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Subject: Re: Caballe (my evil thoughts), was 1973 Norma
From: robert levine <[log in to unmask]>
Reply-To:robert levine <[log in to unmask]>
Date:Wed, 26 Jul 2017 14:16:12 -0400
Content-Type:text/plain
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Caballé tended to be her best under Eve Queler - Parisina, Gemma di Vergy -
where she could control the tempi and dynamics. Or with Carreras in the
'70s - Adriana, Devereux. And then there's the Norma from Orange, with
Vickers - unbelievably great.

And I think what AI was speaking of was her lack of interest in the text
when she could (or preferred to) fake it with gorgeous tone, particularly
at the top of her range. Certain vowels - and most consonants - were
forgotten/omitted for ease of production.

What a complicated singer she was! Like Corelli, one had to meet her half
way.
Best,
Bob

On Wed, Jul 26, 2017 at 2:09 PM, Bob Rideout <[log in to unmask]> wrote:

> I was at the NYC debut as Lucrezia Borgia, and it was among
> the most extraordinary events of my life. A star was truly, and
> justly, born! It was everything you've ever heard about it. Her one
> other great concert opera evening was La Straniera, also at
> Carnege Hall. No cheating; she sang out with prodigious tone all
> night and it was awesome. Her other concert evenings left me
> very conflicted. Great moments and a lot of fakery
>
> At he Met, I saw Luisa Miller, excellent, Otello, a superb last act,
> Trovatore, which was booed for good reason, such self indulgent
> disregard for the role's musical demands have rarely been more
> apparent, and Ballo, which was equally uneven, and which showed
> her either unprepared, or simply lazy. She left out music at will, as
> though her pppp tricks would carry the day. They did with many
> people, but not everyone, including me.
>
> The last  time I saw her was as Adriana in a sterling cast that included
> Carreras and Cossotto. It was very good, but I enjoyed Scotto
> infinitely more when she entered the revival later in the run.
>
> Caballe had great days, not so great days, and awful days! Her
> best was breathtaking, and the legacy is, at its best, as good as it
> gets. But she was lazy as they come, as often as not.
>
> Bob
>
>
> On Wed, Jul 26, 2017 at 1:43 PM Max Paley <[log in to unmask]> wrote:
>
> > I first saw her in the mid 70s. Norma in Paris (she was having a very bad
> > night), Turandot, Tosca, Semiramide and "Ballo" Amelia (another very bad
> > night) in San Francisco. She could produce individual very loud sounds of
> > Nilsson-like volume but forte high notes were often very squally and
> > unpleasant. I thought her best singing was in the incredibly long
> breathed,
> > often beautifully shaped phrases at moderate to soft volume levels.
> > Sometimes she went too far with that - distending phrases at the cost of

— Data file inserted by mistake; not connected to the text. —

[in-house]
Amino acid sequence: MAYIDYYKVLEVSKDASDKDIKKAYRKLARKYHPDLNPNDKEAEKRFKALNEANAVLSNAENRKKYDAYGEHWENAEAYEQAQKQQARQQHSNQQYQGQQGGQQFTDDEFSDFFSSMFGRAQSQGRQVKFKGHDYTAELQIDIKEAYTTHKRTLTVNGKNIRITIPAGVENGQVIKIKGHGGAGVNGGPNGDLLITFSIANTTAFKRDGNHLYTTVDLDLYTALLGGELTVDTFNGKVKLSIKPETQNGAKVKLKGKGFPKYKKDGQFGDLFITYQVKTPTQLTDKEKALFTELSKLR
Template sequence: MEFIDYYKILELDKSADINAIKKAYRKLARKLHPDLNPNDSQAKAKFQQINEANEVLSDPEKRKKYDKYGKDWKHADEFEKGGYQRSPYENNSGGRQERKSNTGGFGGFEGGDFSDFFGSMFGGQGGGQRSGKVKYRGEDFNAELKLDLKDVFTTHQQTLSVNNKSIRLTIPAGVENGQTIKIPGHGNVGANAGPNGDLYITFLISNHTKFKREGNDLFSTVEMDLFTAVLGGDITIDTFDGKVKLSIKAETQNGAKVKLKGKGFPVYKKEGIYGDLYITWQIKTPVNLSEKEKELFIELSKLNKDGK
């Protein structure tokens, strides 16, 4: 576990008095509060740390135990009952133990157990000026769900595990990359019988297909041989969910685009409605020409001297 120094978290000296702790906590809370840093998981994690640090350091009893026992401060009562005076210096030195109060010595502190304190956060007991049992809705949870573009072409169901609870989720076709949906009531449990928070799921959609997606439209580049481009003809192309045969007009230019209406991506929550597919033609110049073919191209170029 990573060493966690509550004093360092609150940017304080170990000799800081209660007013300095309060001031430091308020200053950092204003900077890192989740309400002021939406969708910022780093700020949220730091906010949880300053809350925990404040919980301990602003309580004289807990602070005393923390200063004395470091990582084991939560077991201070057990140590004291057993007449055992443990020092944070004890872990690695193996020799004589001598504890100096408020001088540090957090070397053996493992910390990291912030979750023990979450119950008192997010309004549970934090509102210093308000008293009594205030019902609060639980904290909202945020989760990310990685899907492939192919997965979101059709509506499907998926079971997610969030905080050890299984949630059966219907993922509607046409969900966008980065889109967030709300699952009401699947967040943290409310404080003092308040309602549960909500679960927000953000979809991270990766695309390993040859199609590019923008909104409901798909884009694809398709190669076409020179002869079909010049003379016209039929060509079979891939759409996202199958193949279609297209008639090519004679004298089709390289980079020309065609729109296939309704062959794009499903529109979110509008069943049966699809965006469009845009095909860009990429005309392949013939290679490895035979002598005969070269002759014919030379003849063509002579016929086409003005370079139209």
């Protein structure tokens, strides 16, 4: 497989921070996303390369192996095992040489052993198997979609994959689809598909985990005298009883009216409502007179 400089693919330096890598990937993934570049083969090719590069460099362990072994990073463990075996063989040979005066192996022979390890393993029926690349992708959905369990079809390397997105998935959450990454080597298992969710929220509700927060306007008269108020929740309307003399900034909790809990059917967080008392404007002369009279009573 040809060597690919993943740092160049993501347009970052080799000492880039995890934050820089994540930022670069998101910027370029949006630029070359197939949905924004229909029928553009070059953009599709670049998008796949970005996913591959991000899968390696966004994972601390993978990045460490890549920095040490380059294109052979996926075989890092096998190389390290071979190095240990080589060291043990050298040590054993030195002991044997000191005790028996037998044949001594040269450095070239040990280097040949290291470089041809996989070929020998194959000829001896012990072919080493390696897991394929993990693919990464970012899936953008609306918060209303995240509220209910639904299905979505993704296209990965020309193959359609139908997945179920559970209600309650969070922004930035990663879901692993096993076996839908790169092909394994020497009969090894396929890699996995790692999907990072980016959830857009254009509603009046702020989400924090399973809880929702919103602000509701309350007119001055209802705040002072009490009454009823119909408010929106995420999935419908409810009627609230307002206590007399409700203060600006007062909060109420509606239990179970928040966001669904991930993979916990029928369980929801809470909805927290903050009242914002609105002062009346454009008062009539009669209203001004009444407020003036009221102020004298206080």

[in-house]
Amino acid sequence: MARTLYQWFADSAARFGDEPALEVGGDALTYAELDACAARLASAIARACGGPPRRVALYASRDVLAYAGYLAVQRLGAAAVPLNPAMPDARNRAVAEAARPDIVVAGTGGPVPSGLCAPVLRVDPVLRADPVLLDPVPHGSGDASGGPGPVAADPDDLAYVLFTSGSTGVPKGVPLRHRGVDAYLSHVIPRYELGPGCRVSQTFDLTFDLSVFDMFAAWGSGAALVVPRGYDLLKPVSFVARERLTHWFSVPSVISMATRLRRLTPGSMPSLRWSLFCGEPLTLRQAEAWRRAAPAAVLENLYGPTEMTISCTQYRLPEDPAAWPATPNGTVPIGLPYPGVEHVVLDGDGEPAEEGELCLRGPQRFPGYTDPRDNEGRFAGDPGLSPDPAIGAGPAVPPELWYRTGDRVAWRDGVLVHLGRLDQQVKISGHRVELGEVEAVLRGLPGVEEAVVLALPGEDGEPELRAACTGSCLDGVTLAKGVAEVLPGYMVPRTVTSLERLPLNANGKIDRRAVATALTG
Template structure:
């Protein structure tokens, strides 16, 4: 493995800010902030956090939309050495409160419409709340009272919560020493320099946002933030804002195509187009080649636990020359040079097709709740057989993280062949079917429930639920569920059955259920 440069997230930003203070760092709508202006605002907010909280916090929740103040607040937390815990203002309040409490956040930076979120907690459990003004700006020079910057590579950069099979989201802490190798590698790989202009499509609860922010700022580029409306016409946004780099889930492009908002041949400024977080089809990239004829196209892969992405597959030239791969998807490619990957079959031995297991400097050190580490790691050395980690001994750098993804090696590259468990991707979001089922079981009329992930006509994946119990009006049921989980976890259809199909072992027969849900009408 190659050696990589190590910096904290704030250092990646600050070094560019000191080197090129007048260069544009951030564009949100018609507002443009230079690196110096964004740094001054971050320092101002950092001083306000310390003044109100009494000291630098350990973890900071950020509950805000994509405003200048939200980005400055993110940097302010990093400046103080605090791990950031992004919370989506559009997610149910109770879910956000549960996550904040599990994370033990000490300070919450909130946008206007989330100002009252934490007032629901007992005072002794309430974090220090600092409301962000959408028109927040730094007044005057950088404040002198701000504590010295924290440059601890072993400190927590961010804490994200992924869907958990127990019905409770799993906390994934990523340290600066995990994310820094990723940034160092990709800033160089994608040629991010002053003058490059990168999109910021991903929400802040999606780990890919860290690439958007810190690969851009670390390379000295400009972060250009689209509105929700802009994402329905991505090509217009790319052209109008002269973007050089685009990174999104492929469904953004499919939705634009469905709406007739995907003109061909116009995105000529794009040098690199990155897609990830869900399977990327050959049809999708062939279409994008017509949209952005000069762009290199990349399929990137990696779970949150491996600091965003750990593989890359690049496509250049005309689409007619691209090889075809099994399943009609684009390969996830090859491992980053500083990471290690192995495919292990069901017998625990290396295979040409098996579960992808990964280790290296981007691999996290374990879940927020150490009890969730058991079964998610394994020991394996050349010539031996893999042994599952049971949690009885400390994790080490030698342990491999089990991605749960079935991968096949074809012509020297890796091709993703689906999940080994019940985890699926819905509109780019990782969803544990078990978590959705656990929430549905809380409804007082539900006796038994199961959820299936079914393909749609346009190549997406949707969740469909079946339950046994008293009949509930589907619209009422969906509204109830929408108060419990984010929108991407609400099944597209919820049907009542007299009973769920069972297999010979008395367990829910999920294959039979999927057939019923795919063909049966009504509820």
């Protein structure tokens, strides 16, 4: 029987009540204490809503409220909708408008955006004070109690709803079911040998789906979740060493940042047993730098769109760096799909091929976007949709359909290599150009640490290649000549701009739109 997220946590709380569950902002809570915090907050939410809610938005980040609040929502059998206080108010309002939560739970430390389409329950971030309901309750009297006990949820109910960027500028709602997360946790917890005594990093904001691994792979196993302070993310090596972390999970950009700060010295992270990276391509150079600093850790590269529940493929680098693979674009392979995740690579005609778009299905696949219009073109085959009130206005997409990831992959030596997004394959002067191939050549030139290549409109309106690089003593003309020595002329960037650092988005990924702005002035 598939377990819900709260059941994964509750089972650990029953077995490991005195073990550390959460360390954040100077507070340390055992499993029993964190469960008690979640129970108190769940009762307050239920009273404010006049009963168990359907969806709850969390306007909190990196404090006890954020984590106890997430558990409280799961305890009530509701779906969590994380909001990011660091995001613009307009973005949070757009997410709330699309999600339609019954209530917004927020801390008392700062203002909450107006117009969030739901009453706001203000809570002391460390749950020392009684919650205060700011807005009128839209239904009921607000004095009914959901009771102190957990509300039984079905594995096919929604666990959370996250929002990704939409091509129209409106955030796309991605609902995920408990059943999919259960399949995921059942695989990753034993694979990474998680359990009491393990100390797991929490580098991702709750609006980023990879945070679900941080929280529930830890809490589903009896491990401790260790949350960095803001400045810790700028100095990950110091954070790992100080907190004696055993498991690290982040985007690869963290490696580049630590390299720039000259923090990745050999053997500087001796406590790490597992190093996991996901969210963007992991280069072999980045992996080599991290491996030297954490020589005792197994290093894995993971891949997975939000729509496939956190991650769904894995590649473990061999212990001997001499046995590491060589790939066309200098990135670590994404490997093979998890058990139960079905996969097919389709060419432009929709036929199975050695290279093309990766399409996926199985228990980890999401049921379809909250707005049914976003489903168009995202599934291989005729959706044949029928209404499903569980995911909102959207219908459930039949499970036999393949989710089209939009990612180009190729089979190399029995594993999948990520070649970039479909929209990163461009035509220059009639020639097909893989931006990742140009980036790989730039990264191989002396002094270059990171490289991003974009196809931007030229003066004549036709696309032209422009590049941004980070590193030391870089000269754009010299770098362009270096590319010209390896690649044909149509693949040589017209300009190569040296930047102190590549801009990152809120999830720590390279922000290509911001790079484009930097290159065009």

> > the musical flow.
> >
> > I think my favorite recording of her is actually her Fiordiligi in the
> > Colin Davis "Cosi fan Tutte." I also thought she might have been a very
> > good Donna Anna or Elvira but I never heard her do either. I didn't care
> > for her Tosca at all - the timbre seemed all wrong to me, surprisingly
> > lacking warmth, both live and on the Davis recording. I do like her
> Salome
> > recording very much.
> >
> > Max Paley
> >
> > Sent from my iPad
> >
> > > On Jul 26, 2017, at 09:34, Donald Levine <[log in to unmask]> wrote:
> > >
> > > Hi,
> > >
> > > A short reply to your questions although one from Maestro Innaurato
> would
> > > of course be more to the point.
> > >
> > > It was Caballe's Met debut as Marguerite in Faust that I think he was
> > > referring to.  She obviously forgot her lines and either vocalized or
> > > invented her own words.  Crooning is soft singing in an unsupported
> way,
> > > not piano which is fully supported by the breath and part or should be
> > part
> > > of every singers technique.  Some singers simplify and adjust the music
> > to
> > > their abilities or lack of abilities.  Caballe did this at times and it
> > is
> > > unfortunate because she had the making of a truly great singer and was
> a
> > > first class musician.  She got lazy and coasted.  This being said, in
> > > concert she could have incredible charm and sweetness and when the
> voice
> > > was working and all of the stars were aligned, the sheer beauty of her
> > > voice and her native ability shown through. That's why we loved her.
> > >
> > > But, as Al said, she was a big lyric soprano - never a true spinto let
> > > alone a dramatic.
> > >
> > > Donald
> > >
> > >> On Wed, Jul 26, 2017 at 4:12 AM, Henry <[log in to unmask]> wrote:
> > >>
> > >> albert innaurato <[log in to unmask]> wrote:
> > >>
> > >>> ...in the last scene, she sang with feeling and great sweetness of
> > sound.
> > >>> However, she forgot all the words (AS OPPOSED TO REFUSING TO
> > >>> SING THEM) and the great John Alexander (Faust) was left at something
> > of
> > >> a
> > >>> loss.
> > >>
> > >>
> > >>
> > >>> ... She began to croon and leave music out. She ABANDONED
> > >>> WORDS, sometimes because she forgot them or hadn't learned them,
> > >>> sometimes TO EASE EMISSION OF HER TONE.
> > >>
> > >>
> > >>
> > >> Please excuse this neophyte's confusion but what are you talking
> about?
> > >>
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